Ethnic Tensions and Nationalism • Most of the current national boundaries in Africa were established during the colonial period by Europeans. • These boundaries were made without consideration for the traditional territories of tribal and ethnic groups.
Today, therefore, loyalty to one’s tribe is often stronger than loyalty to one’s nation.
Nigeria is one of the many nations where tribalism has led to civil war. • More than 200 ethnic groups live within the borders of Nigeria, as a result in 1966 a massacre of 20,000 took place.
Shortly after this massacre war broke out between ethnic tribes in Nigeria which ultimately resulted in the deaths of nearly a 1,000,000 people.
In Rwanda, ethnic conflict led to genocide. • Ethnic violence broke out between the Hutus and the Tutsis which resulted in the deaths of approximately 500,000 people in just a few months.
African Union • In 2002, 53 African countries formed a federation, the African Union (AU). • The AU’s goals include solving economic, social, political, and environmental problems in Africa. • AU members deal with issues such as desertification, AIDS, and famine.
The AU also works to resolve conflicts, such as the situation in Darfur (2003), a region of western Sudan. • Arabic militias have killed more than 200,000 black villagers, with the quiet approval of the Sudanese government. • Today, as we speak, this situation in Darfur continues with more than 2,000,000 villagers being displaced-along with rapes and the employment of children into the militias.
Apartheid-Policy of Racial Separation & Segregation • For nearly 350 years, Europeans ruled South Africa. • Although South Africa won its independence in 1910, its white citizens held all of the political power. • In order to maintain this control, whites in 1948 made official a system of apartheid, or separation of the races.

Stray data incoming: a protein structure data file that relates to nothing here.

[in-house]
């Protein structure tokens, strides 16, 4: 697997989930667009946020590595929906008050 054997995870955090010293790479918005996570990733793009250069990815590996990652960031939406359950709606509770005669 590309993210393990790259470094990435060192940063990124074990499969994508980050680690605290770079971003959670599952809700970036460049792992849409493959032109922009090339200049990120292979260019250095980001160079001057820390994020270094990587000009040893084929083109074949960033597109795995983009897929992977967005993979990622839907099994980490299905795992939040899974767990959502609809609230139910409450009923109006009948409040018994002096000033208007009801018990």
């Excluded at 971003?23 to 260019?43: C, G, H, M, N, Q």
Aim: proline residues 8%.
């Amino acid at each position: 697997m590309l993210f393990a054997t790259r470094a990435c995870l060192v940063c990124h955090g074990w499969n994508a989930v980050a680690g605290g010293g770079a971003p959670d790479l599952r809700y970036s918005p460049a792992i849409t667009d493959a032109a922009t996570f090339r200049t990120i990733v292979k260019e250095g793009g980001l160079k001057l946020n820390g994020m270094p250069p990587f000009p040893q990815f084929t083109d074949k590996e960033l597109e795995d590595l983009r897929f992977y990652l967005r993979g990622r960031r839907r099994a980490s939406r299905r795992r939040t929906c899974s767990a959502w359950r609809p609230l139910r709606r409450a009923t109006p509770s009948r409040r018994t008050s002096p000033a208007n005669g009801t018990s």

Apartheid required black Africans and other nonwhites to live in certain zones, the segregation of public facilities and transportation, and forbade interracial marriages.
The Anti-Apartheid Movement • In 1912, a political party known as the African Nation Congress (ANC), was organized in South Africa. • The ANC used boycotts and civil disobedience to oppose apartheid.
In 1960, the police killed 69 people and wounded 180 and the South African government outlawed the ANC.
In 1964, Nelson Mandela, an important ANC leader, was sentenced to life in prison. • He became a powerful symbol of the struggle for freedom.
Desmond Tutu was a black Anglican bishop and civil rights leader. • Tutu and other activists convinced foreign nations and businesses to limit trade and investment in segregated South Africa.
F.W. de Klerk became president of South Africa in 1989. • He legalized the ANC and released Mandela in 1990. • In 1994, South Africa held an election in which people of all races could vote.
Mandela was elected president. • He was succeeded in 1999 by Thabo Mbeki.
Southeast Asia Vietnam and Cambodia
Vietnam • Vietnam had been ruled by the French since the mid-1800s. • Ho Chi Minh, leader of the Vietminh an alliance of nationalist and communist groups, declared Vietnam free. • Defeated by the Vietminh, the French abandoned Vietnam which became divided in 1954 with a communist north and a non-communist south.
The Vietnam War • Ho Chi Minh, now leader of communist North Vietnam, supported the Viet Cong, a group of communist rebels who were trying to overthrow Diem, the South Vietnamese government.
The United States sent troops to support Diem’s government. • The Vietnam War lasted from 1959 to 1975 when antiwar sentiment in the U.S. forced President Nixon to withdraw all American forces from Vietnam.
In 1975, Saigon, the capital of South Vietnam, fell and the country reunited under communist control.
Cambodia • During the Vietnam War, Cambodia served as a supply route for the Viet Cong and North Vietnamese forces. • In 1969, American forces bombed and then invaded Cambodia to destroy the route.
After the Americans left, Cambodian communist guerillas, known as the Khmer Rouge, took control of the government. • Under the leadership of Pol Pot, the Khmer Rouge began a reign of terror to remove all western influence from Cambodia.
More than a million Cambodians were slaughtered in what became known as the “Killing Fields.” • In 1979, Vietnamese forces invaded Cambodia and occupied the country until the 1990s, when a settlement was negotiated to end the civil war. • UN peacekeepers monitored elections, but some fighting continued.